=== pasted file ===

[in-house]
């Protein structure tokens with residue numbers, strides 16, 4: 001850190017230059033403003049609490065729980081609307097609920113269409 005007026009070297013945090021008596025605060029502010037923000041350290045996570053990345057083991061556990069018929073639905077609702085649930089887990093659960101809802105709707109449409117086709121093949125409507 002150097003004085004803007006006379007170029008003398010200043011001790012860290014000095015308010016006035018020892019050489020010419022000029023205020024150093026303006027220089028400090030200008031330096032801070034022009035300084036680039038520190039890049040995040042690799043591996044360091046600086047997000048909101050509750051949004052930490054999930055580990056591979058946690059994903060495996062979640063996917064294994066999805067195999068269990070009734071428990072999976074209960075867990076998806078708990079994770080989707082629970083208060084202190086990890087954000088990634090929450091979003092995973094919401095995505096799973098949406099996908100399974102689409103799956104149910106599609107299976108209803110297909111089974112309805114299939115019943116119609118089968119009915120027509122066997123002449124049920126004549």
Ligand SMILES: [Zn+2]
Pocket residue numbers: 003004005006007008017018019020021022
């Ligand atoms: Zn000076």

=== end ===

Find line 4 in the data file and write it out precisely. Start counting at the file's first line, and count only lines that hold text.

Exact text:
Pocket residue numbers: 003004005006007008017018019020021022